These benefits compound-- some BPO providers have leveraged RPA technology to deliver productivity improvements of between 30% and 70% and improvements in accuracy of between 70% and 90%.  For example, automating pre-matching in a stock borrowing and lending process led to 80% of the manual effort being eliminated and a 70% reduction in trade fails through standardized approach and narrations.  You can see how there is a compelling case for most organizations.

How Big Is It?

Compared to its impact, it’s a small market, but growing very quickly.  The global market for RPA Software and Direct Services reached $271 million in 2016 and is expected to grow to $1.2 billion by 2021 at a compound annual growth rate of 36%. The direct services market includes implementation and consulting services focused on building RPA capabilities within an organization. It does not include wider operational services like BPO, which may include RPA becoming increasingly embedded in its delivery.


What are the risks?

While RPA is a back-office solution for almost every industry, the gains are not trivial to capture.

RPA will be affected by a quickly changing technology landscape and will require updates and bug fixes.  It is also sensitive to any changes in the user interface (UI) on which it operates, so like any application, any proposed changes to the IT environment must be communicated to the owners of RPA and tested to ensure the RPA does not break upon the production release of the new environment.

Limitations with existing infrastructure, automation and data ingestion-- RPA will successfully automate a process performed by humans, but it will not magically resolve data quality issues or existing platform limitations. If a process or its reliant data is fundamentally flawed or broken and this is converted from human-owned to robot-owned, the underlying data quality or process issues that existed in the old world will also exist, and indeed be significantly amplified, in the new.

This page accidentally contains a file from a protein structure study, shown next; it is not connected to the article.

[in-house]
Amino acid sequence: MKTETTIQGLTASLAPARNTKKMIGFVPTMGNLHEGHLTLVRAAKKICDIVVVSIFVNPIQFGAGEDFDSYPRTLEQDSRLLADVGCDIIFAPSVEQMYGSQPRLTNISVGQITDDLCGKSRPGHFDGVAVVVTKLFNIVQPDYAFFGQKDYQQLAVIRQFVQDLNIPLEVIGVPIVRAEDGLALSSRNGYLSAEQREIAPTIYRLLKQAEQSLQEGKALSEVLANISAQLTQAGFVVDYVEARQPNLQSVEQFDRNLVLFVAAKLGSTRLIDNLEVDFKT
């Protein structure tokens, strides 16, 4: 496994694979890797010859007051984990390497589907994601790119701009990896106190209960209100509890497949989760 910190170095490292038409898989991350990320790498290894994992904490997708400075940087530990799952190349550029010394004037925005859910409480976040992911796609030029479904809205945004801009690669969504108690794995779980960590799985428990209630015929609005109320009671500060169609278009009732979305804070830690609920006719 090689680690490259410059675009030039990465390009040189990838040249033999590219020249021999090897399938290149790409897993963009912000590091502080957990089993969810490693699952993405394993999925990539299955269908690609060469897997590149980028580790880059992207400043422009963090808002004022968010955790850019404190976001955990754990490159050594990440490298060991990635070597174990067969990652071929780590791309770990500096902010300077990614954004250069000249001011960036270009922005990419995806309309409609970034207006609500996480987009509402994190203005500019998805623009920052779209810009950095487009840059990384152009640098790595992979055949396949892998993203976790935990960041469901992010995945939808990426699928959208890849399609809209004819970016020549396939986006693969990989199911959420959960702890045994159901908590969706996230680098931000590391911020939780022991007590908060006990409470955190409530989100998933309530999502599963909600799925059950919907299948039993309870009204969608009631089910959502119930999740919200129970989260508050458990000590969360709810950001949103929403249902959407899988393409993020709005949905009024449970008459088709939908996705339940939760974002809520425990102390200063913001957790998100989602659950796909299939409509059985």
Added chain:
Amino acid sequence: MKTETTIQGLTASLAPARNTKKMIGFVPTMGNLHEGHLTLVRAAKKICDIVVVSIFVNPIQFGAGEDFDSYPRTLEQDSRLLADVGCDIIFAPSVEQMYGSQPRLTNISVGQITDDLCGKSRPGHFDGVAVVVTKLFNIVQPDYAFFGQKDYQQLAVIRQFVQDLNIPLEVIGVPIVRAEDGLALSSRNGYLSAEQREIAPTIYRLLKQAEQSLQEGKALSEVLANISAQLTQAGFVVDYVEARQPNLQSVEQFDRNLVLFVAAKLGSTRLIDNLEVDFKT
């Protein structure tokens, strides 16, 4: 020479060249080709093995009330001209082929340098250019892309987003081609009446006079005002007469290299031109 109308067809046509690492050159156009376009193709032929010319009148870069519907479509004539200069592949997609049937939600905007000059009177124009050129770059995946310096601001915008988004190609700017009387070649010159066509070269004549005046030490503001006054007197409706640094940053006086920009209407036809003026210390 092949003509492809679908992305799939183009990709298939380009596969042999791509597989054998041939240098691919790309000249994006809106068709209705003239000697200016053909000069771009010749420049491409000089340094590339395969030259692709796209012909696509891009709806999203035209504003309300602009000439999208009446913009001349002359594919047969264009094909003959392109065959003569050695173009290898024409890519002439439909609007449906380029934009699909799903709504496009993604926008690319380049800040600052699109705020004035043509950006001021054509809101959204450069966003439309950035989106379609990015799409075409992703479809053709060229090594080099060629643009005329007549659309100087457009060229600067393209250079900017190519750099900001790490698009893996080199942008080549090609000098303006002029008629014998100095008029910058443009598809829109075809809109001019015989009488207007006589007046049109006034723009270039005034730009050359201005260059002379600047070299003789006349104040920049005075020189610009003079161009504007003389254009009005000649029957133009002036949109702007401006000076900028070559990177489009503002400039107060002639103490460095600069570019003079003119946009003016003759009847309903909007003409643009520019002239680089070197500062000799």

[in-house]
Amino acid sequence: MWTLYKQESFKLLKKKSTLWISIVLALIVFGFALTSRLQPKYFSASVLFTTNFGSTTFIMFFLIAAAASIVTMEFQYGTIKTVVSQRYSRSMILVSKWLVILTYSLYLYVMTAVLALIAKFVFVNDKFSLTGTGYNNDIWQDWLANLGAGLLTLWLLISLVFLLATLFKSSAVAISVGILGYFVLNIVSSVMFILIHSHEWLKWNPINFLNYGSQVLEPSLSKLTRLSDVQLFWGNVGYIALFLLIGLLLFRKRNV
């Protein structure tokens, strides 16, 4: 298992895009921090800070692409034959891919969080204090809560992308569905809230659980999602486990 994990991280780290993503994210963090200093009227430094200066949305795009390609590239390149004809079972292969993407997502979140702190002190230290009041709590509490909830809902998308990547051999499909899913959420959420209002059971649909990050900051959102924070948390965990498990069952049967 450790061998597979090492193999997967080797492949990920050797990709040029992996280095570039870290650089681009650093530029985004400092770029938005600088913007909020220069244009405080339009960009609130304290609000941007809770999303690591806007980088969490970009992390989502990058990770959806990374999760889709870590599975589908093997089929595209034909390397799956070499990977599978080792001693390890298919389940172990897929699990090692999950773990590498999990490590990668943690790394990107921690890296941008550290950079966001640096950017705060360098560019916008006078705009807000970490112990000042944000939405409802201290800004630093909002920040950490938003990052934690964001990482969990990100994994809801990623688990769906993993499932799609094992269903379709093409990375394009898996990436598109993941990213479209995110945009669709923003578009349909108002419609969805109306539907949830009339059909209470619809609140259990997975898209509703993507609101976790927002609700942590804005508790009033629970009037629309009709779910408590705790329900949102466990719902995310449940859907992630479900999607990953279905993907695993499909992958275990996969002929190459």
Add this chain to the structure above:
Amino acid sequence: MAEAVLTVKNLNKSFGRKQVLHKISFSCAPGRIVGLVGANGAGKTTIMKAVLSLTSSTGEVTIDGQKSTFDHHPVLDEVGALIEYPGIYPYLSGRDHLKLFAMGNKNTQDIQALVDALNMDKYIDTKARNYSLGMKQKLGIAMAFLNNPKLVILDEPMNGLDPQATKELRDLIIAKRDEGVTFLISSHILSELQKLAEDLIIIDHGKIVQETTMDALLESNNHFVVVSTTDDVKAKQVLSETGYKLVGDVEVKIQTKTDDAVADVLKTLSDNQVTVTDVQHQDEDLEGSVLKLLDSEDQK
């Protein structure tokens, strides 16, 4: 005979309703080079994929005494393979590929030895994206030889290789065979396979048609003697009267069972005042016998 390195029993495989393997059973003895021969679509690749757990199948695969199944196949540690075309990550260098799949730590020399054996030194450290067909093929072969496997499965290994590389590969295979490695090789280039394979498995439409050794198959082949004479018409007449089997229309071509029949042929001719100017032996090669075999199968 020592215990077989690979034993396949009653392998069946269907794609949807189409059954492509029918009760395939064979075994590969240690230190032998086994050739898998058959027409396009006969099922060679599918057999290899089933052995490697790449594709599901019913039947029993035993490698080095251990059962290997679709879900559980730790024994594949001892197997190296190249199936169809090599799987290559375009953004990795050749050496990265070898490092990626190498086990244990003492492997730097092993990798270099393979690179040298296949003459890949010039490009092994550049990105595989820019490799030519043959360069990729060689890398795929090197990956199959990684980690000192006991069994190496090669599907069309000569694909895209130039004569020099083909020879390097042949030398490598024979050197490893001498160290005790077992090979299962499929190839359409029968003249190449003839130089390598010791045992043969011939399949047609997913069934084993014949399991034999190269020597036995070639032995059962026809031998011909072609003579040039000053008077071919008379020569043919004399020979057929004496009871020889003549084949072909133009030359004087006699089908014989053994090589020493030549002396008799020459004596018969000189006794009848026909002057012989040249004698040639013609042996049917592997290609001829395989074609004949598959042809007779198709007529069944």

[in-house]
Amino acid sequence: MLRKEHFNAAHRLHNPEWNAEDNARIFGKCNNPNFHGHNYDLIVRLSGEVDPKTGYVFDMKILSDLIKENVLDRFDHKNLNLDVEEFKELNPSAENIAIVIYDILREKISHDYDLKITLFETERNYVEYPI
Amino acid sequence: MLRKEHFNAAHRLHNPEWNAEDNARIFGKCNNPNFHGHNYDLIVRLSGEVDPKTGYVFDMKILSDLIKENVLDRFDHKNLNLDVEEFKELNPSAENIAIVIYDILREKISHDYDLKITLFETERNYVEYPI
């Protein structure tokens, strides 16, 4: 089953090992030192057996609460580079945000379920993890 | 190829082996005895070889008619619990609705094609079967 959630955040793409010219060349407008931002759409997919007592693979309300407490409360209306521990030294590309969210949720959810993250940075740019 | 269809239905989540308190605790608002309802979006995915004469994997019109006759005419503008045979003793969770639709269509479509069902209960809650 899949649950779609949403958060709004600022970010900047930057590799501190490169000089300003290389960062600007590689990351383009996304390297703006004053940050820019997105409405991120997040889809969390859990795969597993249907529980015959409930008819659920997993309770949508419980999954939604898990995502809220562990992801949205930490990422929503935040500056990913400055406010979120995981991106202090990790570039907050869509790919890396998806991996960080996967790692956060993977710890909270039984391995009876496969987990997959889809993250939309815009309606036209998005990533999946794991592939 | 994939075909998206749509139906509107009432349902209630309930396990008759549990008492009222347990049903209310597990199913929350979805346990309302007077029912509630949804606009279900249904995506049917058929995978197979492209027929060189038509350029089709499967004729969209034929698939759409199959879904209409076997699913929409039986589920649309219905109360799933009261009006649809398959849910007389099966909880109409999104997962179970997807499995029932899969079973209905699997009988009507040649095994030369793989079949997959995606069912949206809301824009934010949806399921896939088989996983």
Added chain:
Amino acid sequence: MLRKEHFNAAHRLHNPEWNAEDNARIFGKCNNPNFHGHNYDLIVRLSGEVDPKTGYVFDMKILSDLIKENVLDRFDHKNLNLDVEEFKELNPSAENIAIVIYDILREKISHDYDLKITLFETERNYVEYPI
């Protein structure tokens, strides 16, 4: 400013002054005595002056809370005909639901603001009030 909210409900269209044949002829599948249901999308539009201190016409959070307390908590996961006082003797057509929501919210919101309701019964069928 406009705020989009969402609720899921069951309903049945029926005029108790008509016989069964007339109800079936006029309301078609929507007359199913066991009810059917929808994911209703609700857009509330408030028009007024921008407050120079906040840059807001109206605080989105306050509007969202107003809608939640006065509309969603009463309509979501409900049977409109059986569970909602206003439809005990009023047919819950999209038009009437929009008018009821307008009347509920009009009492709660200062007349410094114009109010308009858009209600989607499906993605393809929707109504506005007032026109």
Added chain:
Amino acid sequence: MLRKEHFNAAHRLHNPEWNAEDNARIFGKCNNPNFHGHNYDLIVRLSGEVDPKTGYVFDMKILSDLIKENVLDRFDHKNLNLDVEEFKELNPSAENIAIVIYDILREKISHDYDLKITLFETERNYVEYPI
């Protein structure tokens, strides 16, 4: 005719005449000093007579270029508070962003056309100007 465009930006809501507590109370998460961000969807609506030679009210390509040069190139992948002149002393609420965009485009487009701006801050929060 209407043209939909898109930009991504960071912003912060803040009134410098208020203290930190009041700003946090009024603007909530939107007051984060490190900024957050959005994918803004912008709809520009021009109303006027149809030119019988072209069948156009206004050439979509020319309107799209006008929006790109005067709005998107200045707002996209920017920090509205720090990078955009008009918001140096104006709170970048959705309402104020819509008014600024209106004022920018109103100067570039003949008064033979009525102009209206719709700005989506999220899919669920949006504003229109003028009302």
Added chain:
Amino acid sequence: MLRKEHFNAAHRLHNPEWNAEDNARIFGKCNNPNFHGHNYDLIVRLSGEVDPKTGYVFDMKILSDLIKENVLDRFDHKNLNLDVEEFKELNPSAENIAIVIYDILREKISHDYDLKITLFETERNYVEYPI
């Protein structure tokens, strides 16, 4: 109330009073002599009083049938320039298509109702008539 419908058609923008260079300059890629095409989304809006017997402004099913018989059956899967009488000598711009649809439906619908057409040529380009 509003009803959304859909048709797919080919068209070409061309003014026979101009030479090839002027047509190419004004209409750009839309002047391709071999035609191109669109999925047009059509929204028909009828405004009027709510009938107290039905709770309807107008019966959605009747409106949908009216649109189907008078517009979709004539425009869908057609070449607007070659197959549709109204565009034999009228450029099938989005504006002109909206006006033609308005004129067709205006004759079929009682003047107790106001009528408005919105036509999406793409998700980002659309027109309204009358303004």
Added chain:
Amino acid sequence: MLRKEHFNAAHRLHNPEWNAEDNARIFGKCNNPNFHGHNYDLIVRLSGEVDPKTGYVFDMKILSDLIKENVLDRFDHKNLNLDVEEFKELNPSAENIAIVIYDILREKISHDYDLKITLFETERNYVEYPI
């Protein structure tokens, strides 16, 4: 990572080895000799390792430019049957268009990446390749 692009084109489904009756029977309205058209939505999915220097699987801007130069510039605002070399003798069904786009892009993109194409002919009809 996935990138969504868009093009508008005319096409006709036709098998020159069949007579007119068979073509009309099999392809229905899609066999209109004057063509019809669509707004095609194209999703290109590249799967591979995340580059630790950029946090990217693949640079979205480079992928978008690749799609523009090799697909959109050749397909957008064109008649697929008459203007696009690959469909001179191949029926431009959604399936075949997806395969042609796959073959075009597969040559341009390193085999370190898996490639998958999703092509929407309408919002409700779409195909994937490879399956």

And obviously, as with any new technology, there is a risk of not following through on execution. As we have seen with many IT breakthroughs, it takes a while for the organization to absorb them.  Without a rigorous focus on execution and communication, you won’t deliver on the promise of RPA.  It’s critical to develop a Center of Excellence for RPA inside the organization, which allows you to maintain the skills required to not just automate one or two functions, but to launch waves of transformation throughout the back office.  It also frees you from being entirely dependent on consultants.

So How Do I Get Started?

Typically, an organization will perform a short diagnostic which indicates which functions in the organization are (a) a good fit for RPA and (b) material enough that using RPA will make a measurable difference in Cost, Quality, or Time. It should not surprise you that many back office functions do not have KPIs that are rigorously tracked.  It’s worth investing time up front to establish a baseline to make sure you deeply understand how value is created by the function, how it is performed today, and the cost of under-delivery. This baseline can then be used to track the progress of the RPA program.